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State's injunction hearing against Carlisle Events delayed to Friday

State's injunction hearing against Carlisle Events delayed to Friday


A hearing on the state’s lawsuit that would force Carlisle Events to adhere to a 250-person limit under Pennsylvania’s COVID-19 mitigation plan was delayed Thursday, and set to resume at noon Friday.

The 24-hour adjournment was issued by Commonwealth Court Judge Anne Covey after roughly an hour of discussion, in which Covey was skeptical of the way the state Department of Health had handled the pandemic restrictions, particularly in light of recent mass protests over police violence.

The delay was the result of a conflict of interest issue raised by attorneys from the health department, who objected that the law firm Eckert Seamans, whose attorneys were representing Carlisle Events, also does work for the state, although Eckert Seamans counsel described this as a contract for “unrelated matters.”

The postponement is intended to allow new counsel to come on board and represent Carlisle Events in a full hearing; but in the interim, health department attorney Brian Downey also lobbied Covey to issue a temporary injunction to enforce the 250-person limit on the Spring Carlisle car show and swap meet, which began Wednesday and continues through Saturday.

Covey declined to do so, peppering Downey with questions as to why the health department was just now seeking the injunction, and did not take similar action to impose limits on recent protests or on other business venues.

Such matters, Covey said, made her question the urgency and necessity of issuing an injunction before Eckert Seamans could be replaced and a full hearing given.

“I will not issue an injunction based on the pleadings and what this court has taken judicial notice of,” Covey said, at least not until a full hearing with proper representation for Carlisle Events occurs.

That “judicial notice,” Covey said, included her observation of “thousands of individuals marching shoulder-to-shoulder, without masks, including the governor,” during recent demonstrations against police brutality.

Associated Press photos show Wolf wearing a face mask while walking with protesters in Harrisburg on June 3.

“Why didn’t the Department of Health come before this court seeking an injunction” at that time as well, Covey asked.

Downey contended that the situations were fundamentally different, given the First Amendment rights of protesters, although Covey pointed out that even constitutional rights have established limits. “You can’t yell fire in a crowded theater,” she noted.

Downey also argued that, even if the medical risk of protests and operations like Spring Carlisle were similar, “the fact that [protesting] has happened does not change the health risk right now in Cumberland County” due to the car show.

Covey also indicated she was skeptical of the state’s argument that an immediate injunction was needed Thursday given that the state had waited until Wednesday morning to file its case.

Wolf’s administration has known about the issue since at least June 9, according to the health department’s own legal brief, when Carlisle Events inquired with the state Department of Community and Economic Development about obtaining a waiver for Spring Carlisle.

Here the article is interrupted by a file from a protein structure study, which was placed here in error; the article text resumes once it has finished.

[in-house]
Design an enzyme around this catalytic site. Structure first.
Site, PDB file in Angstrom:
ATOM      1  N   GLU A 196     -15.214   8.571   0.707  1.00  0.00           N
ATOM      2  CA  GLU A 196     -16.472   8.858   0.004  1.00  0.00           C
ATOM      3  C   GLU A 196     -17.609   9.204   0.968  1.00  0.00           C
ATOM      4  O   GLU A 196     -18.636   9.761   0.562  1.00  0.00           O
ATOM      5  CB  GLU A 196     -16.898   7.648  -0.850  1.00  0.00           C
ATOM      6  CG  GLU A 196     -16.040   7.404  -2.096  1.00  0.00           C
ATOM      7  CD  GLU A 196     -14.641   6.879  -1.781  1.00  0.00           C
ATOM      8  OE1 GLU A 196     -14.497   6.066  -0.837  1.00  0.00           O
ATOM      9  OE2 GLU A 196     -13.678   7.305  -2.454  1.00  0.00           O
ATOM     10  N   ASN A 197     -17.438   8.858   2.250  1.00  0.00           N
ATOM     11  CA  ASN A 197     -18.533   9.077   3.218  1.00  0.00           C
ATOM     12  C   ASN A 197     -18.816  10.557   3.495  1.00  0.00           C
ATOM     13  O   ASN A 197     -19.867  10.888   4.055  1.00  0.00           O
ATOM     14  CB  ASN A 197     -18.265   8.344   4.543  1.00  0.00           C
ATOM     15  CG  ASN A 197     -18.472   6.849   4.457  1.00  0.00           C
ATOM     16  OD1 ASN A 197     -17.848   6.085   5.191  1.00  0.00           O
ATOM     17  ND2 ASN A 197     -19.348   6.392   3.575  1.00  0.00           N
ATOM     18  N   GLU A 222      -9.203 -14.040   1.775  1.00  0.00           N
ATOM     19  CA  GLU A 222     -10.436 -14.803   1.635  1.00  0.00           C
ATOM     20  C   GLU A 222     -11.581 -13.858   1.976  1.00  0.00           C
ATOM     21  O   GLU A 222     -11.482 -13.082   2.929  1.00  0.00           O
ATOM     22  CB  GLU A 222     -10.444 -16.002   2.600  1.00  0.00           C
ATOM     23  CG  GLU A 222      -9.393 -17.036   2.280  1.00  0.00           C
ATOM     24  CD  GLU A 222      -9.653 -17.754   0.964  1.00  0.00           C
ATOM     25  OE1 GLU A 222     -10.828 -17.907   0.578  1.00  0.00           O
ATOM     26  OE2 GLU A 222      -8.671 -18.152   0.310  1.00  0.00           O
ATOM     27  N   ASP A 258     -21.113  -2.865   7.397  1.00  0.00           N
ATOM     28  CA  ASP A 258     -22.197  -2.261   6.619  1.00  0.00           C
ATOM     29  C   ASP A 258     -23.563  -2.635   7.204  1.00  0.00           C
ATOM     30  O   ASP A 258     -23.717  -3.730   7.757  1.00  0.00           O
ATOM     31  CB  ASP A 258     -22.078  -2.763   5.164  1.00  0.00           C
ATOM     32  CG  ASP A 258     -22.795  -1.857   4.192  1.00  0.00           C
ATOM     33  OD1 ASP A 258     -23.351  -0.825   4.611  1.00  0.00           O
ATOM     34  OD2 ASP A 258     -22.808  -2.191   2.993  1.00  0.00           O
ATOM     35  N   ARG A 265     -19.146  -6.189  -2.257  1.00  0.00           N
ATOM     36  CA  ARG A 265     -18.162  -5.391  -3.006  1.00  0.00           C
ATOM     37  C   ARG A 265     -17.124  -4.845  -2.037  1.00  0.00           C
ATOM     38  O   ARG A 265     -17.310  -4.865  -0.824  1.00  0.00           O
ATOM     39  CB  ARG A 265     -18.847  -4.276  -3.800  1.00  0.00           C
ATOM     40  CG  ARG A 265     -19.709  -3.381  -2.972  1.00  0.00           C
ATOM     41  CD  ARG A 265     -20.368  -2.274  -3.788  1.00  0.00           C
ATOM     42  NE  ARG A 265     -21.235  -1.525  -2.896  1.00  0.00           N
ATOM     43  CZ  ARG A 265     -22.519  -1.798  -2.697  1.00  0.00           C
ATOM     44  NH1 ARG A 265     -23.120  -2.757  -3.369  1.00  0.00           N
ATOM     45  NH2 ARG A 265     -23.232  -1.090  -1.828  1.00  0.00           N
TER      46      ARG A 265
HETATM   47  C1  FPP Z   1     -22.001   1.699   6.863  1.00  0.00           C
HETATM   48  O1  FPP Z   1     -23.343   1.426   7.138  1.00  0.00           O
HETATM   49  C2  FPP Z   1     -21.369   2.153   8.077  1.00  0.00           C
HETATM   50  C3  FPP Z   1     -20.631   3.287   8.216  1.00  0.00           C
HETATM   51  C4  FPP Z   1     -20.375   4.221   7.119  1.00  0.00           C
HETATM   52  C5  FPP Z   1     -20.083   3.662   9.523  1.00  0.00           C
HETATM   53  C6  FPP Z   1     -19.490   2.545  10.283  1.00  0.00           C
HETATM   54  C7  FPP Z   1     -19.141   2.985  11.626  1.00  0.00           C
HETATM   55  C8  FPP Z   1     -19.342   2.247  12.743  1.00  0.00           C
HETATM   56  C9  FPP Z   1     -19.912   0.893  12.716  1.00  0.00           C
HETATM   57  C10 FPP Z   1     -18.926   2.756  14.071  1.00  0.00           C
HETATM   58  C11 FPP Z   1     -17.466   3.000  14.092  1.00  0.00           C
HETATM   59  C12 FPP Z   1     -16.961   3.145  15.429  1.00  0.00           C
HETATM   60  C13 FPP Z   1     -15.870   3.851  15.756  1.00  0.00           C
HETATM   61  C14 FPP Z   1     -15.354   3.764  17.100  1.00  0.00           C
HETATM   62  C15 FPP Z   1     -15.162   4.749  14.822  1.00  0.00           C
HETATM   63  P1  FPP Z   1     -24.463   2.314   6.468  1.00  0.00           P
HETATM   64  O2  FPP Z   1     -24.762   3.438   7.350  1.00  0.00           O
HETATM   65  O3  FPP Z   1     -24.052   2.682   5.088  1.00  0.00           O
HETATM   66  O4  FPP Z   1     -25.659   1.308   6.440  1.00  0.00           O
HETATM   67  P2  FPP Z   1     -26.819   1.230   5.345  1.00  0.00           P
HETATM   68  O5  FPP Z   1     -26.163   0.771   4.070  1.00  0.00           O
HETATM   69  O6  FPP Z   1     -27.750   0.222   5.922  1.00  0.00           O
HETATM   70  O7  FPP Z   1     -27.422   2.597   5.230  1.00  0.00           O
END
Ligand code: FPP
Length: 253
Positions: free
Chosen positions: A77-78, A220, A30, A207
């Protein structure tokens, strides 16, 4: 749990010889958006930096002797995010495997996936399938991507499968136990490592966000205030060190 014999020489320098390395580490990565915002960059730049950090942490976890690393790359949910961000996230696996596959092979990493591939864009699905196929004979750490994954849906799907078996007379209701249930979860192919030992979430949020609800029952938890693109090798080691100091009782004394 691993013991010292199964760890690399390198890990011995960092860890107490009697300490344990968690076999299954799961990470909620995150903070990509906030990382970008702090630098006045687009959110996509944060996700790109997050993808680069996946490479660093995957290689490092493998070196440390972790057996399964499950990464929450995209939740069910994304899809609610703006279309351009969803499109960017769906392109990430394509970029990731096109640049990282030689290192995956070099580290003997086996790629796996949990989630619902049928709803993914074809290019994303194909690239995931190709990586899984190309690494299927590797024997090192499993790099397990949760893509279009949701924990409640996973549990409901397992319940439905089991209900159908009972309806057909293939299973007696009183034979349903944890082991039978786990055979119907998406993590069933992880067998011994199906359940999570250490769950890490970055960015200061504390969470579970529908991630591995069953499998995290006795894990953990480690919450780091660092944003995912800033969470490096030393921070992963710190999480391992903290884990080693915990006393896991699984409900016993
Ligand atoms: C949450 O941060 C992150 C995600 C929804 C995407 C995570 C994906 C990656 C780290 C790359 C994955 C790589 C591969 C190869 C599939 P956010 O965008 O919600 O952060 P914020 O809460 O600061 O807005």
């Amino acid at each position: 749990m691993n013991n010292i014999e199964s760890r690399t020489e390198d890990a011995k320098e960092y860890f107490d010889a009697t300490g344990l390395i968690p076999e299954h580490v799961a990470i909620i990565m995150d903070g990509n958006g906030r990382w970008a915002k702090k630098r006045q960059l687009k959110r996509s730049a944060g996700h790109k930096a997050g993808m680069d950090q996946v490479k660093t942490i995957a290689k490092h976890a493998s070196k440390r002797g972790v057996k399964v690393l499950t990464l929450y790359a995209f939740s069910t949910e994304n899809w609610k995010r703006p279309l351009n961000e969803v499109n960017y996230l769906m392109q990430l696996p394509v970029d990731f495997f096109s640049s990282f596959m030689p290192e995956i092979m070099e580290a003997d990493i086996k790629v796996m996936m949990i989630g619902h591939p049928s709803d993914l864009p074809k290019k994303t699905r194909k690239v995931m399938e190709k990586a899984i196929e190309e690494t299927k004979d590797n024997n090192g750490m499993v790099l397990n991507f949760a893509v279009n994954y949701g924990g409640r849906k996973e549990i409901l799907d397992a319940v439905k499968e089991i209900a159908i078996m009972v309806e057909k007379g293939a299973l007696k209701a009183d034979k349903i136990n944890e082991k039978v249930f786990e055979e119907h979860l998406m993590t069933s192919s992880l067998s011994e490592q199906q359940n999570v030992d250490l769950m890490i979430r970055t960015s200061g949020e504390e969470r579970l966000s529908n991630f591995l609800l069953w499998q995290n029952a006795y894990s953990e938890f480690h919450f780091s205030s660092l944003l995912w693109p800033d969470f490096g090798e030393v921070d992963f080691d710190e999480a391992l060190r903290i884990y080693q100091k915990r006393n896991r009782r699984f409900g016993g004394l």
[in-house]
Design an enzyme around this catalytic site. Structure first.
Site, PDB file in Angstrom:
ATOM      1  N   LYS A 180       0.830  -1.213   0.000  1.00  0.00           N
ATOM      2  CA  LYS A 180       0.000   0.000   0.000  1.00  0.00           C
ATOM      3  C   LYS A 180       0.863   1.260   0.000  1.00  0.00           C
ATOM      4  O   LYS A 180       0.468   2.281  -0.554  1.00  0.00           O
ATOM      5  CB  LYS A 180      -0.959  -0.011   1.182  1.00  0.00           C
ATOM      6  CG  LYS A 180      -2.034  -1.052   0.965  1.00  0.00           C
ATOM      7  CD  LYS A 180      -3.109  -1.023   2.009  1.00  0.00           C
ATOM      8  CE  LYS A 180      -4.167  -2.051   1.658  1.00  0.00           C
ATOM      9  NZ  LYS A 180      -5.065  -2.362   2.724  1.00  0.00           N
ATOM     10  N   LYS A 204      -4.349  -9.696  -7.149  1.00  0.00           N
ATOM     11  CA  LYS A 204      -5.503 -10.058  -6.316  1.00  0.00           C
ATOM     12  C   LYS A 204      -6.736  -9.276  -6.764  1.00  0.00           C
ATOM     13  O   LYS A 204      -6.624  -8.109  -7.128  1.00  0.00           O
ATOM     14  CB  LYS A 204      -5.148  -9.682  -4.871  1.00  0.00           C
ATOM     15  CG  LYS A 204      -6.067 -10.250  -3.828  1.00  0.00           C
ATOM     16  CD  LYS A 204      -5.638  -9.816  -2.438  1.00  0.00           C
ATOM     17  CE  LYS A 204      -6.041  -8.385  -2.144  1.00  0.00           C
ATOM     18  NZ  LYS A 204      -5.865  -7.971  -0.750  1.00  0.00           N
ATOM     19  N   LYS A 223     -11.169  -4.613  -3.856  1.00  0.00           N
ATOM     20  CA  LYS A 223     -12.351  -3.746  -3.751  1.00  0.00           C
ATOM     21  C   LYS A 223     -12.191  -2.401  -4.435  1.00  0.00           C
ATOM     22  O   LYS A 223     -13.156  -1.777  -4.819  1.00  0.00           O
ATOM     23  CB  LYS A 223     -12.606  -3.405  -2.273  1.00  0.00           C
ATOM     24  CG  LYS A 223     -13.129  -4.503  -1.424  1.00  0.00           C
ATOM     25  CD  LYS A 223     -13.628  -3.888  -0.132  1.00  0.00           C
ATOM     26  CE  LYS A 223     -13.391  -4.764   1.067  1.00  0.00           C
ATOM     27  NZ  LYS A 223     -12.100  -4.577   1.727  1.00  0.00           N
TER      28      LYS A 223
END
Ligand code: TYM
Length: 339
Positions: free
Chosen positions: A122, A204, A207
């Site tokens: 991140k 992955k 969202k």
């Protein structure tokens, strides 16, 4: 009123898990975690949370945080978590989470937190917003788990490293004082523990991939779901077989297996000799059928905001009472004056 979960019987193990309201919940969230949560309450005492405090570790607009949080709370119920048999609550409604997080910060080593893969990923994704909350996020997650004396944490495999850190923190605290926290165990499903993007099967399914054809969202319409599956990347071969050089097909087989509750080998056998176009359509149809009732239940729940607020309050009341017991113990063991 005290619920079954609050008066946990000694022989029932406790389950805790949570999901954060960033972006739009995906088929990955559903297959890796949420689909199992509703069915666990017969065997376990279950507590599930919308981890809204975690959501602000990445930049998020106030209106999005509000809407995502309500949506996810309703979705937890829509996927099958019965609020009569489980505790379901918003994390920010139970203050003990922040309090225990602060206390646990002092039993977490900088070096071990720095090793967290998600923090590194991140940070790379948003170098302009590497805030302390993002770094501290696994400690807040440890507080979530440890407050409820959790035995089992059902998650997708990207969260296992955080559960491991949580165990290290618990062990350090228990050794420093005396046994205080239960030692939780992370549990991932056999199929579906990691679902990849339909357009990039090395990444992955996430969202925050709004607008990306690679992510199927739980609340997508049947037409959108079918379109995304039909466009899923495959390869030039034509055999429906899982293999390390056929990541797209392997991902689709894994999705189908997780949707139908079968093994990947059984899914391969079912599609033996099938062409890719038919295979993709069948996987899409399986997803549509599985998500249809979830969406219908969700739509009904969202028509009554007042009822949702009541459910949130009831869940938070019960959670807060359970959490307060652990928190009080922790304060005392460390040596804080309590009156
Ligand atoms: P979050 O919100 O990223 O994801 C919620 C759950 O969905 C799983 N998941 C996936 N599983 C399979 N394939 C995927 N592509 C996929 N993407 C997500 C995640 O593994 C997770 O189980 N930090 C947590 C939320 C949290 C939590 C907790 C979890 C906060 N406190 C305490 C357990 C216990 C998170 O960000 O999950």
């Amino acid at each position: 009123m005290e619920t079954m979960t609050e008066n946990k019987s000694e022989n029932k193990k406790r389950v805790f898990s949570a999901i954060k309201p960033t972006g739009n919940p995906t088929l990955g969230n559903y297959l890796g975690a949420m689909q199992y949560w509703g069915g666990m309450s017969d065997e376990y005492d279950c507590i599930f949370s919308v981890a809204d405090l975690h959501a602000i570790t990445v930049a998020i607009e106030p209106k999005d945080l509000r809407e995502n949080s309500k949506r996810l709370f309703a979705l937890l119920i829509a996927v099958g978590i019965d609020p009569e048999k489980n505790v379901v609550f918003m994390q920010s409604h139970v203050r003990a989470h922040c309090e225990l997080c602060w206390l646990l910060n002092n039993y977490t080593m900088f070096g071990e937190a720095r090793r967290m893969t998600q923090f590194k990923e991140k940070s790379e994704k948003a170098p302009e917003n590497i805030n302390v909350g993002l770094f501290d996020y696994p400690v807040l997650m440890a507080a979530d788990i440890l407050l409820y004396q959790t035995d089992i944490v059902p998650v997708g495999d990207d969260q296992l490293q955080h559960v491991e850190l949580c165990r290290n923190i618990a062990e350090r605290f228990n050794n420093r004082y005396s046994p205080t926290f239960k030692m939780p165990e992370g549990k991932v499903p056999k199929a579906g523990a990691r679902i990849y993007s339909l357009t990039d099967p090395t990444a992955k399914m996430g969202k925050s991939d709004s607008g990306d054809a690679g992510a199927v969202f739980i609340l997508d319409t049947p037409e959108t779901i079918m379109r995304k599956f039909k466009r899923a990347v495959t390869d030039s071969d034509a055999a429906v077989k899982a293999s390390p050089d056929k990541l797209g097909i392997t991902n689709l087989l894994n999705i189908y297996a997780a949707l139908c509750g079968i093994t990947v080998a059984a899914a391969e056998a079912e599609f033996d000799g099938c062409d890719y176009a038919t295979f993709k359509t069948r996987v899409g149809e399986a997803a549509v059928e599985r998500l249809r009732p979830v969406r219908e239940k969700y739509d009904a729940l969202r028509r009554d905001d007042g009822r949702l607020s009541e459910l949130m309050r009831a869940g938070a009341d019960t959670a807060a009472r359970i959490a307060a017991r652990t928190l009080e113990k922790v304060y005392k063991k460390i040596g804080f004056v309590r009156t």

The health department has argued that this is an admission by the show promoter that it knew its event was a violation of the health department’s tiered COVID-19 social distancing plan, which limits gatherings to 250 people in “green phase” counties, such as Cumberland County.

Covey expressed doubt, however, that the health department did not know until this week of Carlisle Events’ plan to move forward without a waiver.

“I do question the emergent nature of the matter based on the department’s own actions,” Covey said.

In a statement issued Wednesday, Carlisle Events argued that the health department’s COVID-19 order was both being haphazardly applied, and was fundamentally outside the power of state Secretary of Health Dr. Rachel Levine.

Mark Stewart, the Eckert Seamans attorney leading Carlisle Events’ case, said the latter argument was not what he had planned to primarily present, although Covey indicated she was open to it, asking Downey at one point “have we ever quarantined the healthy?” Downey replied that he did not believe the state health department had ever exercised such authority.

Rather, Stewart said, he was prepared to make the case that “the order does not apply as suggested,” given that Spring Carlisle is an outdoor event at the Carlisle Fairgrounds, a property of several million square feet.

“The order is riddled with inconsistencies to the point that it’s arbitrary and capricious,” Stewart said.

Both he and Covey suggested that other large venues, such as amusement parks, malls and sports facilities, were being allowed to open in excess of the 250-person gathering limit. Hershey Park plans to open July 3, Covey pointed out.

Downey offered the argument, however, that such facilities will be in compliance because they will be able to form “pockets” of 250 people that are substantially separate.

“When they open on July 3, they will have to comply with the 250-person order,” Downey said, suggesting that Carlisle Events could adhere to the same rules, if Covey were to enjoin them to do so.

The state’s COVID-19 plan also limits most green phase businesses to 50% of posted capacity, a dictate with which Stewart said Carlisle Events was in compliance.

The promoter has said its Spring Carlisle car show attracts roughly 110,000 people, although it’s unclear how far attendance has dipped due to the pandemic. The show was already postponed two months from its usual April date.

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